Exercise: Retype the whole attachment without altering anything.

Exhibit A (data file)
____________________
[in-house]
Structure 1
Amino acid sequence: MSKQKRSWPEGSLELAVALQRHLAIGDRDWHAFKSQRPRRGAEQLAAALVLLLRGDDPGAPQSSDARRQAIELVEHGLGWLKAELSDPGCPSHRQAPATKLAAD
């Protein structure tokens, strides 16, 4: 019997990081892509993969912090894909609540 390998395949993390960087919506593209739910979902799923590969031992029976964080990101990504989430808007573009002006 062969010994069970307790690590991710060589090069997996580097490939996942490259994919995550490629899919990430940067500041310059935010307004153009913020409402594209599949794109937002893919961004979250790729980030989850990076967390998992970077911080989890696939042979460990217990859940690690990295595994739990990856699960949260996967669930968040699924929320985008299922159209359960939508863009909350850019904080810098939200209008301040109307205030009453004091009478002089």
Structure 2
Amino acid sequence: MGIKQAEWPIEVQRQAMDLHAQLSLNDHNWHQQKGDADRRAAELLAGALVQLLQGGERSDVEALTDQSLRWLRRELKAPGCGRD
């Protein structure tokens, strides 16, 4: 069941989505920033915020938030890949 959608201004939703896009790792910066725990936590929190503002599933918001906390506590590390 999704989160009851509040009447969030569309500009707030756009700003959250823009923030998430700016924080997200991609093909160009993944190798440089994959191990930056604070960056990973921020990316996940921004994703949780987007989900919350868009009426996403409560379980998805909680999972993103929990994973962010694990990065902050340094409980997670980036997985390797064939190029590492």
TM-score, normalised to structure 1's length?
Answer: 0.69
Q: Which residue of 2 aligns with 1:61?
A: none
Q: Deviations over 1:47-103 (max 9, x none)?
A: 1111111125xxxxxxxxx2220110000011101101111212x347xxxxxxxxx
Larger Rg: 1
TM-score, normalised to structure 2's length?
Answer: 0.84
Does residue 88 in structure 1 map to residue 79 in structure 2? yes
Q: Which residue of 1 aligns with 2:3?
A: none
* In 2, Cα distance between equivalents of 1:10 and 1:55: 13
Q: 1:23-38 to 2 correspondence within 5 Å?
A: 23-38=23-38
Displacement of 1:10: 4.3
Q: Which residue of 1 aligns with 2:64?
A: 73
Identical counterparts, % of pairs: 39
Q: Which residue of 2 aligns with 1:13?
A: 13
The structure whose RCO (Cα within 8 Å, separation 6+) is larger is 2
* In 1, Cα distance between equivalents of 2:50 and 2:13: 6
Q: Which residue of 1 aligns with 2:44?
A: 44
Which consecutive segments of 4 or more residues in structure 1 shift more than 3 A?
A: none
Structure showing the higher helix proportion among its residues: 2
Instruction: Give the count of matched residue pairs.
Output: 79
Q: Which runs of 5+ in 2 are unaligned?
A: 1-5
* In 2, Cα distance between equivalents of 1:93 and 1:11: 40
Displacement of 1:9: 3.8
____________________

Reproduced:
[in-house]
Structure 1
Amino acid sequence: MSKQKRSWPEGSLELAVALQRHLAIGDRDWHAFKSQRPRRGAEQLAAALVLLLRGDDPGAPQSSDARRQAIELVEHGLGWLKAELSDPGCPSHRQAPATKLAAD
């Protein structure tokens, strides 16, 4: 019997990081892509993969912090894909609540 390998395949993390960087919506593209739910979902799923590969031992029976964080990101990504989430808007573009002006 062969010994069970307790690590991710060589090069997996580097490939996942490259994919995550490629899919990430940067500041310059935010307004153009913020409402594209599949794109937002893919961004979250790729980030989850990076967390998992970077911080989890696939042979460990217990859940690690990295595994739990990856699960949260996967669930968040699924929320985008299922159209359960939508863009909350850019904080810098939200209008301040109307205030009453004091009478002089």
Structure 2
Amino acid sequence: MGIKQAEWPIEVQRQAMDLHAQLSLNDHNWHQQKGDADRRAAELLAGALVQLLQGGERSDVEALTDQSLRWLRRELKAPGCGRD
């Protein structure tokens, strides 16, 4: 069941989505920033915020938030890949 959608201004939703896009790792910066725990936590929190503002599933918001906390506590590390 999704989160009851509040009447969030569309500009707030756009700003959250823009923030998430700016924080997200991609093909160009993944190798440089994959191990930056604070960056990973921020990316996940921004994703949780987007989900919350868009009426996403409560379980998805909680999972993103929990994973962010694990990065902050340094409980997670980036997985390797064939190029590492």
TM-score, normalised to structure 1's length?
Answer: 0.69
Q: Which residue of 2 aligns with 1:61?
A: none
Q: Deviations over 1:47-103 (max 9, x none)?
A: 1111111125xxxxxxxxx2220110000011101101111212x347xxxxxxxxx
Larger Rg: 1
TM-score, normalised to structure 2's length?
Answer: 0.84
Does residue 88 in structure 1 map to residue 79 in structure 2? yes
Q: Which residue of 1 aligns with 2:3?
A: none
* In 2, Cα distance between equivalents of 1:10 and 1:55: 13
Q: 1:23-38 to 2 correspondence within 5 Å?
A: 23-38=23-38
Displacement of 1:10: 4.3
Q: Which residue of 1 aligns with 2:64?
A: 73
Identical counterparts, % of pairs: 39
Q: Which residue of 2 aligns with 1:13?
A: 13
The structure whose RCO (Cα within 8 Å, separation 6+) is larger is 2
* In 1, Cα distance between equivalents of 2:50 and 2:13: 6
Q: Which residue of 1 aligns with 2:44?
A: 44
Which consecutive segments of 4 or more residues in structure 1 shift more than 3 A?
A: none
Structure showing the higher helix proportion among its residues: 2
Instruction: Give the count of matched residue pairs.
Output: 79
Q: Which runs of 5+ in 2 are unaligned?
A: 1-5
* In 2, Cα distance between equivalents of 1:93 and 1:11: 40
Displacement of 1:9: 3.8